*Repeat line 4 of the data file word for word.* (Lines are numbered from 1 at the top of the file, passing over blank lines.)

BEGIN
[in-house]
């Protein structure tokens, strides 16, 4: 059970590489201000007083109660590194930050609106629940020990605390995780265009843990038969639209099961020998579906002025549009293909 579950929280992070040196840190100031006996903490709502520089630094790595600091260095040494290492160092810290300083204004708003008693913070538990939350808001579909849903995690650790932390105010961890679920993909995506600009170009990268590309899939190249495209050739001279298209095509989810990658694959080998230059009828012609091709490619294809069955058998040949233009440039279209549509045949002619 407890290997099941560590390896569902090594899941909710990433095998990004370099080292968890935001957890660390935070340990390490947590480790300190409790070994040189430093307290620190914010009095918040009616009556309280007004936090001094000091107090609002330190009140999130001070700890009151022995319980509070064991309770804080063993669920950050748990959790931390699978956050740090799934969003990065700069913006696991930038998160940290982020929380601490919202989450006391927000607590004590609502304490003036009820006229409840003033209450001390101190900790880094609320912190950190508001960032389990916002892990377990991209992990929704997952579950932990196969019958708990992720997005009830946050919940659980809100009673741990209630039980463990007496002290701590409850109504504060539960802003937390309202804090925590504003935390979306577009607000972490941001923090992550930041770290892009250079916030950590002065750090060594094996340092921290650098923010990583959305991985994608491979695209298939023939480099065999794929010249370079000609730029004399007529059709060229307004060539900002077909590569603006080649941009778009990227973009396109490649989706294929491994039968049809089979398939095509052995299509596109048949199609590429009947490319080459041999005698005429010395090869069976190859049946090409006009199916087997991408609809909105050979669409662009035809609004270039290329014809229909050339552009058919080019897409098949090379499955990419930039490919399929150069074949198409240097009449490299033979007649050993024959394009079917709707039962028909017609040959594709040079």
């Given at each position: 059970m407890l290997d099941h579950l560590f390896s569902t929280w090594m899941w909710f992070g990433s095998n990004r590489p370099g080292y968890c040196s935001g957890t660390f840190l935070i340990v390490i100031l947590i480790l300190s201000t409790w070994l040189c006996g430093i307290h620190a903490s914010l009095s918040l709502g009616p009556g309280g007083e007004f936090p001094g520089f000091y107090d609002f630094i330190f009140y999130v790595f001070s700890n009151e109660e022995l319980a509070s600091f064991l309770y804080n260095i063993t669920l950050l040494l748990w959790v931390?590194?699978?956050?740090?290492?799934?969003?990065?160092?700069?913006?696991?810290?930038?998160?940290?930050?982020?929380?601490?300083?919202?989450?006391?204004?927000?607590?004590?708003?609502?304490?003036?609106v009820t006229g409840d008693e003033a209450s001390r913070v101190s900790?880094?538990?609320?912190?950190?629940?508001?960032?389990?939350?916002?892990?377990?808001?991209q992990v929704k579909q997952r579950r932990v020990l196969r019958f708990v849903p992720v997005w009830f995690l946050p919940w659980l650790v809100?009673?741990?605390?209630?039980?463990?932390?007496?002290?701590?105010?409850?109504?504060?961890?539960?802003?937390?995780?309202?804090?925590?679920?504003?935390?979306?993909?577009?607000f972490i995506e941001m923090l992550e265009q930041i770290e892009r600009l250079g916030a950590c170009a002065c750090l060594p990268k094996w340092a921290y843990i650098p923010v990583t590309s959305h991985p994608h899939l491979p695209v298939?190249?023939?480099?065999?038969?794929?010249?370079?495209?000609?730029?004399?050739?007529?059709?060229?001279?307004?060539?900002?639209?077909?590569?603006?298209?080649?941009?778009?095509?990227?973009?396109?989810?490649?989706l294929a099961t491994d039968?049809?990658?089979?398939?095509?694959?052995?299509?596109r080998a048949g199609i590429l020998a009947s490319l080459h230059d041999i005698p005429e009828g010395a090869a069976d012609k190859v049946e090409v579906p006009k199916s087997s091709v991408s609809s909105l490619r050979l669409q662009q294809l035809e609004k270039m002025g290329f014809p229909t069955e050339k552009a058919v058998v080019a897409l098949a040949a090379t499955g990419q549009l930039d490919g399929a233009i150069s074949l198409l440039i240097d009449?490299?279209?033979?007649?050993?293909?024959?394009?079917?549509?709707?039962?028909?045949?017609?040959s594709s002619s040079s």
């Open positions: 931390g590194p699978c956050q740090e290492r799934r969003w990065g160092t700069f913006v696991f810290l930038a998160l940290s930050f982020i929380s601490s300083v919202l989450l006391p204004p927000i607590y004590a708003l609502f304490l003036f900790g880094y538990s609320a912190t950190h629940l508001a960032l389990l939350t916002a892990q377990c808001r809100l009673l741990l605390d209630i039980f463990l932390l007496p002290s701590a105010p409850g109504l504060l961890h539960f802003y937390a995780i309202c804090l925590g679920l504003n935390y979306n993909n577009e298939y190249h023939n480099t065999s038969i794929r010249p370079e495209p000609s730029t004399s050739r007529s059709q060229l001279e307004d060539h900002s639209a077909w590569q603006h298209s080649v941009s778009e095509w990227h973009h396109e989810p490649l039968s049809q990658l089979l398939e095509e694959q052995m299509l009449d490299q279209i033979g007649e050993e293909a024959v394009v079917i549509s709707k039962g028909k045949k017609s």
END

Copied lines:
């Open positions: 931390g590194p699978c956050q740090e290492r799934r969003w990065g160092t700069f913006v696991f810290l930038a998160l940290s930050f982020i929380s601490s300083v919202l989450l006391p204004p927000i607590y004590a708003l609502f304490l003036f900790g880094y538990s609320a912190t950190h629940l508001a960032l389990l939350t916002a892990q377990c808001r809100l009673l741990l605390d209630i039980f463990l932390l007496p002290s701590a105010p409850g109504l504060l961890h539960f802003y937390a995780i309202c804090l925590g679920l504003n935390y979306n993909n577009e298939y190249h023939n480099t065999s038969i794929r010249p370079e495209p000609s730029t004399s050739r007529s059709q060229l001279e307004d060539h900002s639209a077909w590569q603006h298209s080649v941009s778009e095509w990227h973009h396109e989810p490649l039968s049809q990658l089979l398939e095509e694959q052995m299509l009449d490299q279209i033979g007649e050993e293909a024959v394009v079917i549509s709707k039962g028909k045949k017609s």